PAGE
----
Acer tataricum
Midwest Noxious Weed: Do Not Plant
Common Name: tatarian maple 
Type: Tree
Family: Sapindaceae
Native Range: Central and western Asia, eastern Europe
Zone: 3 to 8
Height: 15.00 to 20.00 feet
Spread: 15.00 to 20.00 feet
Bloom Time: April
Bloom Description: Greenish-white
Sun: Full sun to part shade
Water: Medium
Maintenance: Low
Flower: Insignificant
Leaf: Good Fall
Fruit: Showy
Tolerate: Drought, Clay Soil
This plant is listed as a noxious weed in one or more Midwestern states outside Missouri and should not be moved or grown under conditions that would involve danger of dissemination.


Easily grown in moist, organically rich, well-drained soils in full sun to part shade. Performs well in full sun or bright, sun-dappled locations. Some tolerance for drought. Best performance occurs in areas with cool summer climates.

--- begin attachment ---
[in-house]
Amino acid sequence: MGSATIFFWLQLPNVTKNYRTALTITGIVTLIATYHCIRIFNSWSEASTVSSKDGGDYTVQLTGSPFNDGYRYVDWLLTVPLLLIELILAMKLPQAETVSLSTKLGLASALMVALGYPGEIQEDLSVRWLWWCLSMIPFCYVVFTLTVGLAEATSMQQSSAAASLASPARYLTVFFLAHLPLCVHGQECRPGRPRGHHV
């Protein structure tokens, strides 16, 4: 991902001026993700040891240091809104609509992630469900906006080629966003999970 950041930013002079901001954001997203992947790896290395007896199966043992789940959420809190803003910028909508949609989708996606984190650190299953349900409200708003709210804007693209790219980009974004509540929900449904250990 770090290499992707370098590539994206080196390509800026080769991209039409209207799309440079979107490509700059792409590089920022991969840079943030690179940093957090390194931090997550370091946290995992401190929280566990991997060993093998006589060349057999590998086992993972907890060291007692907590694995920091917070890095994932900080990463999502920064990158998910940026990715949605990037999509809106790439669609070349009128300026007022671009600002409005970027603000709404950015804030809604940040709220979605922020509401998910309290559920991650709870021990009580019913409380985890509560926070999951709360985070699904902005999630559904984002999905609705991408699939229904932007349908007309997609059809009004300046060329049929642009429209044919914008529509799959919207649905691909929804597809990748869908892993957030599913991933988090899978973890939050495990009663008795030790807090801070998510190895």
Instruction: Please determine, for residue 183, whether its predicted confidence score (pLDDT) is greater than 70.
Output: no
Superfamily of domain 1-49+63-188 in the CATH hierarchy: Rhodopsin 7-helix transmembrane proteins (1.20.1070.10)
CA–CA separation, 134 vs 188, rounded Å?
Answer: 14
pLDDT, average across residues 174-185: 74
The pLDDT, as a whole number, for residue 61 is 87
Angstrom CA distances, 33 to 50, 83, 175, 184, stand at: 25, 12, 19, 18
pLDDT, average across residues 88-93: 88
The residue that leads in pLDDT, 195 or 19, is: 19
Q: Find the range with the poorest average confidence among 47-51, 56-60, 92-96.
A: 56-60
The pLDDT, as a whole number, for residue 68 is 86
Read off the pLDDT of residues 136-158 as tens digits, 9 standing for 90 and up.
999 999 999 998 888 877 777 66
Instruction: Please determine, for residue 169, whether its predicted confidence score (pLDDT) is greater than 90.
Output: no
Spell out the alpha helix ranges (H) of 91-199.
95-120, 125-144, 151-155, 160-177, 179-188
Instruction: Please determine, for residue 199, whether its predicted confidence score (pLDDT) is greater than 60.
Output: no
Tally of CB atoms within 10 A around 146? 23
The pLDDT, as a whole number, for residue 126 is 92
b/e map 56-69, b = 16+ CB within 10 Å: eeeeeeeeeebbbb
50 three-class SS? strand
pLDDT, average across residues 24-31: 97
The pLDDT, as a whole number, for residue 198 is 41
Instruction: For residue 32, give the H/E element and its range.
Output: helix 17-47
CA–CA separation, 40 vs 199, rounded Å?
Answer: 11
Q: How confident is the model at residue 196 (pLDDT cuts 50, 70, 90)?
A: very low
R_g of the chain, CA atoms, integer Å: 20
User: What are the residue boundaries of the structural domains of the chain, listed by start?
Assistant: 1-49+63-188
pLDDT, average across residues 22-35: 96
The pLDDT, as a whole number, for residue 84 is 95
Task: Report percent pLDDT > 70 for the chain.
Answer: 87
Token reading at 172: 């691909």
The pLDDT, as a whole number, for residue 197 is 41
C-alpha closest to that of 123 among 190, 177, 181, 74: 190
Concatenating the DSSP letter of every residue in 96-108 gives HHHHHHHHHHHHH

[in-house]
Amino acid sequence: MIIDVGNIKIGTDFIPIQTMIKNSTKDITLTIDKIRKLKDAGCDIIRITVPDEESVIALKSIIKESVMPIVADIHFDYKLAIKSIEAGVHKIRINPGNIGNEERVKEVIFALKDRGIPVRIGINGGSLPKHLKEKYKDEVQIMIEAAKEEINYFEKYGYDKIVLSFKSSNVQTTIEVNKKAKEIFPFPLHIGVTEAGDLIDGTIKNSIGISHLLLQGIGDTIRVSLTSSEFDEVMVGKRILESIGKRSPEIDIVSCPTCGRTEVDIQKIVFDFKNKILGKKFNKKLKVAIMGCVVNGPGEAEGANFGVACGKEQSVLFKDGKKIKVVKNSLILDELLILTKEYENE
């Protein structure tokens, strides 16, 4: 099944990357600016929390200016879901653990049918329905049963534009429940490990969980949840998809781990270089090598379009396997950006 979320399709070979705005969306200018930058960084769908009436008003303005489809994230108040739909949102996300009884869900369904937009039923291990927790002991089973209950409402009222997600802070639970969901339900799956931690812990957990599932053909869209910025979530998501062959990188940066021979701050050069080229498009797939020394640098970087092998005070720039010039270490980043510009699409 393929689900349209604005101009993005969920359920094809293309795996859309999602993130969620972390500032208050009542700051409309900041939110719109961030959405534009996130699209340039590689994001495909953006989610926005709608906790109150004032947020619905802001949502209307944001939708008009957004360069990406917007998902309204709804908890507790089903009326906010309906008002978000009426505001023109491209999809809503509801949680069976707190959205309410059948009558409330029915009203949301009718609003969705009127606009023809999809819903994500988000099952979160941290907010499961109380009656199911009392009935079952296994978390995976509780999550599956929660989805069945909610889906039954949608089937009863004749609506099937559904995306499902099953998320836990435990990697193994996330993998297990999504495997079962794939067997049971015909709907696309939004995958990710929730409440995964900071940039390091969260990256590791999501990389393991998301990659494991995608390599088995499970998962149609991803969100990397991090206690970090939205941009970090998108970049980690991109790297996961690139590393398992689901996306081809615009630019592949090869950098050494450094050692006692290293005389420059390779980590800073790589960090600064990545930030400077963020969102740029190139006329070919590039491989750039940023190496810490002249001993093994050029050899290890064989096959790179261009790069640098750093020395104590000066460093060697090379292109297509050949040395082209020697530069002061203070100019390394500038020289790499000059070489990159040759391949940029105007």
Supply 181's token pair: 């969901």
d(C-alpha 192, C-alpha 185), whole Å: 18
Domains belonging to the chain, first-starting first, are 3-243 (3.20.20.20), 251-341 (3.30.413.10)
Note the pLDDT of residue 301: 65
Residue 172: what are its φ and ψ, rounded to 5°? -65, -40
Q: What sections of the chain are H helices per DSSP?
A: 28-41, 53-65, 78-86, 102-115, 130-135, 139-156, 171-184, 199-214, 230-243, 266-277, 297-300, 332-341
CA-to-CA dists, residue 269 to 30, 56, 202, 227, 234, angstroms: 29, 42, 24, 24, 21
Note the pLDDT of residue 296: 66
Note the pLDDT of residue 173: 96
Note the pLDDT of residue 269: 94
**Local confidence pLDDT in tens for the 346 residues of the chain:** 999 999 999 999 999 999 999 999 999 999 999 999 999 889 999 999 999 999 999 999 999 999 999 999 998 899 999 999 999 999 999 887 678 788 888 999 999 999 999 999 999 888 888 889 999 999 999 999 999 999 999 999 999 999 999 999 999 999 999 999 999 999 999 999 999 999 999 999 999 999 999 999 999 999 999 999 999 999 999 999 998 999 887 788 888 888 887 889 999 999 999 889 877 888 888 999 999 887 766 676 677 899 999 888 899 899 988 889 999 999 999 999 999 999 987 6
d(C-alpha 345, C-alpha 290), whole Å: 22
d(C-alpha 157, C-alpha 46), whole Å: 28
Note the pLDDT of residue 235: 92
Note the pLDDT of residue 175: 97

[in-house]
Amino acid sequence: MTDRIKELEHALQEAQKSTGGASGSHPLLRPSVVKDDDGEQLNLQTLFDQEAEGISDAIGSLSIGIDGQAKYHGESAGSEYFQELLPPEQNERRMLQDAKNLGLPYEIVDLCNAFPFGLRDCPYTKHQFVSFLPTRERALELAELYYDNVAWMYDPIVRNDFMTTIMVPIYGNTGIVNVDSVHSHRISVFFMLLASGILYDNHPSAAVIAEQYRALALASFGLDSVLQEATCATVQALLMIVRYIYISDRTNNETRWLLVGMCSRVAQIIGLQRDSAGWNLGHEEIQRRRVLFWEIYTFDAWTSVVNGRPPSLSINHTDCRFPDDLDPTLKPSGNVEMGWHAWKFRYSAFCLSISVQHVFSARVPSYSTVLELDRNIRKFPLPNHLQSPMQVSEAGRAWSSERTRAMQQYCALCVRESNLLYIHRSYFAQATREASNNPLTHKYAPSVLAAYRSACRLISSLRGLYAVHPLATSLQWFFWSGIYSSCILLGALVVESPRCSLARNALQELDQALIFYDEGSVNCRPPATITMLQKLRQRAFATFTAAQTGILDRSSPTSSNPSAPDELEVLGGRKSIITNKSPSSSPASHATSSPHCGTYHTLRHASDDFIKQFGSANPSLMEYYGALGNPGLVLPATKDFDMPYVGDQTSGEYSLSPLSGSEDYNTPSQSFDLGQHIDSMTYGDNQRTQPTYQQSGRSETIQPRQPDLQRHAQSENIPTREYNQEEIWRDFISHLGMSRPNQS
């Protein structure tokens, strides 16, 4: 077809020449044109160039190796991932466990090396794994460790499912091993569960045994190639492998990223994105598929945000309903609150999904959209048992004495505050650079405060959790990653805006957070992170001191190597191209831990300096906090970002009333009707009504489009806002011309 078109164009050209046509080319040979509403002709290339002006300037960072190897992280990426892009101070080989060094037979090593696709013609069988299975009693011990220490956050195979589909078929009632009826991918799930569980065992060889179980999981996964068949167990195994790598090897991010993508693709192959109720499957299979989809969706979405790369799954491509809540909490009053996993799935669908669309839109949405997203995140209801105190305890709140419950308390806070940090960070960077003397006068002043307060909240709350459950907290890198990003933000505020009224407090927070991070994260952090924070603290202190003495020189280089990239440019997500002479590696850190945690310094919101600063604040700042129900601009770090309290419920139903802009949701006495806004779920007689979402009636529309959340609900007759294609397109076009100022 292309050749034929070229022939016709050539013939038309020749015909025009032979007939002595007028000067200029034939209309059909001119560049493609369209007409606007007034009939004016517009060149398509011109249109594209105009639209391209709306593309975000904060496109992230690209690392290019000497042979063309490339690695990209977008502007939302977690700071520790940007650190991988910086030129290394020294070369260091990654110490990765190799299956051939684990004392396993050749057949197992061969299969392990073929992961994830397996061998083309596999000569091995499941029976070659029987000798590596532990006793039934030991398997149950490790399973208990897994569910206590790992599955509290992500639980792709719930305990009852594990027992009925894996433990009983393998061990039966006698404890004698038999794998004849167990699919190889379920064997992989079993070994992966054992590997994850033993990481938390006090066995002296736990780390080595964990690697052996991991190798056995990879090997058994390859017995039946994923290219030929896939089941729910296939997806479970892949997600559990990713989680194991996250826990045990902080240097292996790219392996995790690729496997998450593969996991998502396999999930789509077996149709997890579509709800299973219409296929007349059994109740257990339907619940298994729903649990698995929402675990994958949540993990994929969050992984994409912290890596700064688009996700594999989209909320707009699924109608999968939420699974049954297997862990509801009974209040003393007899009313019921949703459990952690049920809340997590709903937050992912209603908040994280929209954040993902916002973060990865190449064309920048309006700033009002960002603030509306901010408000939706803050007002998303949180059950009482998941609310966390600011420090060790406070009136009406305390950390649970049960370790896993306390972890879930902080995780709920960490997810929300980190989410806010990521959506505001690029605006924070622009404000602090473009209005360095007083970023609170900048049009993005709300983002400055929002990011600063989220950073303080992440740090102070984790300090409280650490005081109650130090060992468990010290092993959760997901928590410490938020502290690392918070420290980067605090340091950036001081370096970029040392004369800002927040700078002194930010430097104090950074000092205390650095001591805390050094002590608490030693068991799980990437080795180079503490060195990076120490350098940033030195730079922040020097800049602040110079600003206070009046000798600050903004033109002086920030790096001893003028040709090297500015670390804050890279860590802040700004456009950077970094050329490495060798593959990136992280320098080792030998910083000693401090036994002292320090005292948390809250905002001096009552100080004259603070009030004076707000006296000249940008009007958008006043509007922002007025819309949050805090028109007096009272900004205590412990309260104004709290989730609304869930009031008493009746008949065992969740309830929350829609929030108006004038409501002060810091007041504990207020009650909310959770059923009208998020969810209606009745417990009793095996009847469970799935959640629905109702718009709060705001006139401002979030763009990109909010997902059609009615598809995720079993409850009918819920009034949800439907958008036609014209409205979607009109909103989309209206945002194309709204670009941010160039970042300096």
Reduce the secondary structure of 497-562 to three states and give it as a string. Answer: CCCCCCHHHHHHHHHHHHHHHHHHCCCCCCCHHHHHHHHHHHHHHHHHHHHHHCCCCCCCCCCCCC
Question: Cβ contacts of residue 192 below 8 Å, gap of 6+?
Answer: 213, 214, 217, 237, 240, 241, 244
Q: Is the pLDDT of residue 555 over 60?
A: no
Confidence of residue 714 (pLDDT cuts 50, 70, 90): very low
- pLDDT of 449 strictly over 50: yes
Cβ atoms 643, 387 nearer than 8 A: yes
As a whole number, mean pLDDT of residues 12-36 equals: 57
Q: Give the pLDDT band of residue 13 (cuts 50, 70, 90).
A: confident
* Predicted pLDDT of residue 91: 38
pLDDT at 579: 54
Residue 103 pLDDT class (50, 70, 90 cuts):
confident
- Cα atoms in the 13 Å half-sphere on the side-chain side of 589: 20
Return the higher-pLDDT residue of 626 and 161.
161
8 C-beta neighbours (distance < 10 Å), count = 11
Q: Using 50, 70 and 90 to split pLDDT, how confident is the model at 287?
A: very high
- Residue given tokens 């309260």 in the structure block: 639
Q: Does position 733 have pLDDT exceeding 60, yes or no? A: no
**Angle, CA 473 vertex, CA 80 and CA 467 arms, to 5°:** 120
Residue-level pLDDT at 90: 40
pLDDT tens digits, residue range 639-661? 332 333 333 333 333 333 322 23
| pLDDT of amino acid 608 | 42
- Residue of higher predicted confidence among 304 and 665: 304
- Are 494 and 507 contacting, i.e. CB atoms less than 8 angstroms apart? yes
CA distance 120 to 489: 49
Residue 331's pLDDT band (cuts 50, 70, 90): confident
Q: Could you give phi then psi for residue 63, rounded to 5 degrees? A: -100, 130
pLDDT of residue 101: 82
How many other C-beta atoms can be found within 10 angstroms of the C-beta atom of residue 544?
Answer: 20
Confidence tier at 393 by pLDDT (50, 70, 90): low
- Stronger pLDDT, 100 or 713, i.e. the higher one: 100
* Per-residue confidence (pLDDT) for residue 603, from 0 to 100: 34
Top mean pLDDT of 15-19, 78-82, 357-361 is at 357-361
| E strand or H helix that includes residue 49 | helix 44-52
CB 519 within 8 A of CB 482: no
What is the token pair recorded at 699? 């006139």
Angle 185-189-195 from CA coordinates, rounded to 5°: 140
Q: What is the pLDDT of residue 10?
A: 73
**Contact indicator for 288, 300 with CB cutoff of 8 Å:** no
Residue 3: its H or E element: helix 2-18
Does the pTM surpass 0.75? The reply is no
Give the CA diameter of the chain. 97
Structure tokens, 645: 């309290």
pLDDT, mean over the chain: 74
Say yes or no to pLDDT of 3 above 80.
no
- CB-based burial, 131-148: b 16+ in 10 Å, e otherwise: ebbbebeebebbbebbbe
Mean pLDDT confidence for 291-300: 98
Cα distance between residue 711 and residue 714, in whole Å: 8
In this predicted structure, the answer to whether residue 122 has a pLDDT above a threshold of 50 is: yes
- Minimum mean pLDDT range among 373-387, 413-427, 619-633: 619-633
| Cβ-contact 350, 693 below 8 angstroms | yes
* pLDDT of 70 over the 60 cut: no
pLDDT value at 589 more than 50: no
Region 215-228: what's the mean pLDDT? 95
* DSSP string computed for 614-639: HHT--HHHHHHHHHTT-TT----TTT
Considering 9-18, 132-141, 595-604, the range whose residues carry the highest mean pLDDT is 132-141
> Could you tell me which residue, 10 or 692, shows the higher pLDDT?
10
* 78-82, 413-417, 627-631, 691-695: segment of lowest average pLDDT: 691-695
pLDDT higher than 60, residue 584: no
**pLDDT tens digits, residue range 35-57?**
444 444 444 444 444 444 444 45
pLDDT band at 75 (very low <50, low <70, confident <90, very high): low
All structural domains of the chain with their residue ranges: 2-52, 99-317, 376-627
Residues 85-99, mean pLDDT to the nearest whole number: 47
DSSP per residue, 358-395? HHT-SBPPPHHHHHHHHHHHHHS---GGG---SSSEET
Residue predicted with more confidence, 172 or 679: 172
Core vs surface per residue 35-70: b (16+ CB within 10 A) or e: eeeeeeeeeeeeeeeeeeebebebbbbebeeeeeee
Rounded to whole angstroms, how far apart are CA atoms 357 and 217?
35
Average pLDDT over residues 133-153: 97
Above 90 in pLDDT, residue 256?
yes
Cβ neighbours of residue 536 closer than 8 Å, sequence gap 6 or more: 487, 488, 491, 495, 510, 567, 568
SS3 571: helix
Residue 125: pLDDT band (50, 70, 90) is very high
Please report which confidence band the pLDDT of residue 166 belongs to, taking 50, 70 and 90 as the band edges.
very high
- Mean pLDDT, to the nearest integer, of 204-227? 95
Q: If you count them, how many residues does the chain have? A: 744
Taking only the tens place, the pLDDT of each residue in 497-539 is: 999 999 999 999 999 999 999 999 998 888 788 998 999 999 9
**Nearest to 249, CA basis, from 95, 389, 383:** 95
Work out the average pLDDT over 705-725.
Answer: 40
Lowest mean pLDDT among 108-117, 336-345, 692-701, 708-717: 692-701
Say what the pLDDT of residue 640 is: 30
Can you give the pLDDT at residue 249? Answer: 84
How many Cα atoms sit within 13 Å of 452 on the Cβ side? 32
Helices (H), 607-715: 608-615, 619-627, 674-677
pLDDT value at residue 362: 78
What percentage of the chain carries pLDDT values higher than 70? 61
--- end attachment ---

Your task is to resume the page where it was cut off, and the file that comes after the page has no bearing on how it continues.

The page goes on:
Noteworthy Characteristics

Acer tataricum, commonly called Tatarian maple, typically grows as a small, upright spreading tree with a dense, rounded crown or as a large multi-stemmed shrub. It matures over time to 15-20’ tall. It is native to forested areas from western Asia to southeastern Europe. Unlobed, broad-ovate, medium green leaves (to 4” long) with irregular doubly serrate margins are found on mature trees. Leaves on young trees are often 3 lobed. Leaves turn yellow and red in fall. Greenish-white flowers in erect, long-peduncled panicles bloom in spring. Flowers are followed by winged samaras (to 1” long) that turn a showy red in summer/fall as they mature.

Genus name is the Latin name for a maple tree.

Specific epithet is in reference to certain areas of Siberia and Mongolia (Tatary) that were invaded and occupied in the Middle Ages by the Tatars.

Acer tataricum subsp. ginnala and its cultivars are more often found in cultivation than A. tataricum.


Verticillium wilt, stem canker, leaf spots, tar spot and anthracnose may appear. Watch for aphids, borers, scale, leafhoppers, caterpillers and mites. Plants have escaped cultivation and naturalized by self-seeding in certain parts of the eastern U.S.


Interesting specimen shrub or tree for the landscape.